12 September 2007

Meeting Martin Parr (part 1)

We met Martin Parr for a short interview the day before the opening of his exhibition “Martin Parr Photographs 1971-2000”, Kulturhuset, Stockholm.
This is the first part of the summary of our conversation.
Joanna Kinowska (also picture of M. Parr), Ulf Fågelhammar

MP: it’s the most interesting, urgent, democratic, relevant art form we can possibly have. There are more and more people appreciating photography,there is a bigger market for photography, than never before. I’d talk about people on sites like Flickr, which have an enormous number of people contributing to it, and are extremely important to the way the whole discourse on photography is undertaken. (...) Clearly you’re one of the people making a contribution to the fact that there’s a dialogue on the internet about photography, an intelligent one.

Photographing people
MP: I photograph people without guilt and that’s the secret. Most photographers feel guilty approaching people. And if you feel guilty then people get tense and nervous. But I am doing it with much confidence. Of course, I’m always on the look out for problems.And there are problem people who can’t be photographed, and if that’s the case, you usually pick up on that and move on.
They may argue with me, they may choose to argue with me. One of the benefits of digital photography is that you can look at the picture and just delete it. Instead of sitting there for hours, as has happened occasionally, when the policeman and try to get the film out of you. Well that has happened only once – it was in the Middle East, where there is a problem in terms of photography, especially with women in the Middle East.

Martin Parr, Auchan hypermarket, Calais, France, 1988, from "One Day Trip"

MP: I enjoy being in Magnum, because they are very good at finding different channels to show your work, so I’m very happy when I’m published in newspapers, magazines, but you know I don’t feel this sort of mission, to show my pictures to everybody, or even more I don’t think that they could have any effect on them. You’re creating in the end an entertainment, and photography is a part of the entertainment industry and I’m very happy that through this industry I can survive on my work. I have the ability to pursue the ideas I want to pursue.

In the terms of the way and type of photography, Magnum’s vocabulary has expanded; the range of photography has expanded a lot since I joined. And this is the aspect of Magnum’s open form. We have people like Alec Soth who has probably the most successful photoblog in the world. If you look at my Magnum in Motion (MiM) you’ll find it is without music. I don´t want music in my MiM, because I don´t want any Hollywood values, and I feel some of them have. So that’s a personal choice. I’m not opposed to a music accompanying photographs if it’s done well and intelligently and that can be achieved, but to do that takes a lot of time, …. So, therefore it’s not something I gave priority to, I wanted to make the point of not having music in my MiM when I was given the chance to do a MiM.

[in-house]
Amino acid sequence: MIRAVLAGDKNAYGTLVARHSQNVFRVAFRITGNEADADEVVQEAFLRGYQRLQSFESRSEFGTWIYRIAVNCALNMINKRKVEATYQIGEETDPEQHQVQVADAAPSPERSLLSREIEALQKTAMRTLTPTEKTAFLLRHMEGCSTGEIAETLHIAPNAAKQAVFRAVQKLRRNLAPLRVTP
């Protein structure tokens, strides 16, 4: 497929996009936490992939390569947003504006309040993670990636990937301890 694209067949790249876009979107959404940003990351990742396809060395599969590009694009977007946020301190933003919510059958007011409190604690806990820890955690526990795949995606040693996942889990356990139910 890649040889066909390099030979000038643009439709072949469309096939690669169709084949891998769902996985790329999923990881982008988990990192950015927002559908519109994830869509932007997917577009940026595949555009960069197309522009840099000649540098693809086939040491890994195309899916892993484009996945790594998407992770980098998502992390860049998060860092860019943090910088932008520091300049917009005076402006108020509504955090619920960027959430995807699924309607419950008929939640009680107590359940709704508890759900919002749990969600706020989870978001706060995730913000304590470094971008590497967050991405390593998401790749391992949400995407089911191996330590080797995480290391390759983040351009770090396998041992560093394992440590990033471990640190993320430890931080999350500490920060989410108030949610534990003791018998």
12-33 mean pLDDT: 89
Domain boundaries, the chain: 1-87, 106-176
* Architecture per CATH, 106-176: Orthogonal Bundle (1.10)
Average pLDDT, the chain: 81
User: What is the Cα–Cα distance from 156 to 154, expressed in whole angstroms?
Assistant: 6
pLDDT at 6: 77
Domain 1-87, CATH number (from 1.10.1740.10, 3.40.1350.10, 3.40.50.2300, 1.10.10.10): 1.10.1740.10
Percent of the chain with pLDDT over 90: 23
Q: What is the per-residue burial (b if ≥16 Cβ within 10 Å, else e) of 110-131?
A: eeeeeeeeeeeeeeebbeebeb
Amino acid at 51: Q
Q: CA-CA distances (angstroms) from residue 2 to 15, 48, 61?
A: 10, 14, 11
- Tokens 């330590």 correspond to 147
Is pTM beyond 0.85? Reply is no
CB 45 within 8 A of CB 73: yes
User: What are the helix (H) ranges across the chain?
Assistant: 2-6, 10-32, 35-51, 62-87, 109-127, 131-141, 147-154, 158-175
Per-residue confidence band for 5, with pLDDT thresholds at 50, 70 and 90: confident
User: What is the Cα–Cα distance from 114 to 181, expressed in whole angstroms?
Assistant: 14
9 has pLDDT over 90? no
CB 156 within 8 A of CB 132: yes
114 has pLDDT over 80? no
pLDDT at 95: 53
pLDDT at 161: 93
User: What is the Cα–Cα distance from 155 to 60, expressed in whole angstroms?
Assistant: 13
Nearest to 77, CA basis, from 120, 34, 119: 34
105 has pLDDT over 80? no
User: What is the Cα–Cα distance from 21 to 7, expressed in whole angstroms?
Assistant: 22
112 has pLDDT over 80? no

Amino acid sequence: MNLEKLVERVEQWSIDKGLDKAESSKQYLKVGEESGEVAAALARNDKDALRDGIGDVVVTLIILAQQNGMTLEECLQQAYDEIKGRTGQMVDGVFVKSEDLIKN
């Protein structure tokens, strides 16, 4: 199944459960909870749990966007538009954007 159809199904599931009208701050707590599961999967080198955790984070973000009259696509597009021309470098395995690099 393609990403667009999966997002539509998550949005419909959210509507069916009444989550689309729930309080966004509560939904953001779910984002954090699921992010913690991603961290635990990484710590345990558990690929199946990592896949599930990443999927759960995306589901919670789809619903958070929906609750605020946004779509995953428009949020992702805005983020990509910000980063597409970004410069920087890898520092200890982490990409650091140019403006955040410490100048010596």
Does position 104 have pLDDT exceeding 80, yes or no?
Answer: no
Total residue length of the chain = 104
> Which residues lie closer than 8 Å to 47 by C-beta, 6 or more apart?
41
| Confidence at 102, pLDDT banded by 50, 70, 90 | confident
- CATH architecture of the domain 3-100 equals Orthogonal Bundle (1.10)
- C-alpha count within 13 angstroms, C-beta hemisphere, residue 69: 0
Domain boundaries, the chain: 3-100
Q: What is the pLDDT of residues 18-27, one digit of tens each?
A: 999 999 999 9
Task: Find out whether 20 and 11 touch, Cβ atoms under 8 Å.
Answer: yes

I do enormously lot of assignments for Magnum and for myself. It’s just change from what it was 30 years ago, but there’s no point living in the past, the whole industry and the whole face of photography is changing quickly and it is important to embrace change and not fight it.

MP: I think I am clear about my intentions. I work in projects. For each project I can explain to you what is contributing to the bigger picture. Within that project there will be individual pictures, which may or may not make much sense. It’s only when you take them and put the series together you see how successful they are in contributing to the statement of what the project could be.

So yes, I think every project has a very clear intension. An overall intension is there as I mentioned briefly earlier and I think it’s all very clear and logical if you choose to inspect it that way.

Any message to the F Blog readers?
MP: Yes, yes, take better pictures, don’t do cliches, be yourself, be passionate, and that’s all.

Le Blurb - by Svend Videbak

Le Blurb
These pictures are just as much about drawing and painting as they are
about photography.
In a couple of cases I have finished a photographic print
by hand, to "dress" it with colour and form
in ways that I thought were needed.
In other cases I have started with a large sheet of watercolour paper, marking

out a square and filling it by drawing and painting with great speed and
spontaneity without fixating upon a
subject -- I have tried to let my hand and
heart rule, keeping my brain out of it.

Then I have taken the result,
taped it on a wall in a darkened room, and
photographed it by painting on it with a hand-held
halogen spotlight, shaping
the light with my hands during a long exposure with total spontaneity.

The results are generally an impenetrable mess. A mess, however, that begins
to come alive when I look at it on the computer after scanning the
Or not. Usually, not. These pictures, however, did come to life at least for me.
I hope they live for you as well
in a continuing flash of recognition.

Pictures and text: Svend Videbak
Titles from top:
Anatomy of a breakdown (1)
Anatomy of a breakdown (2)
Angel of mercy
Golden Jade
Just married
Portrait of a shy girl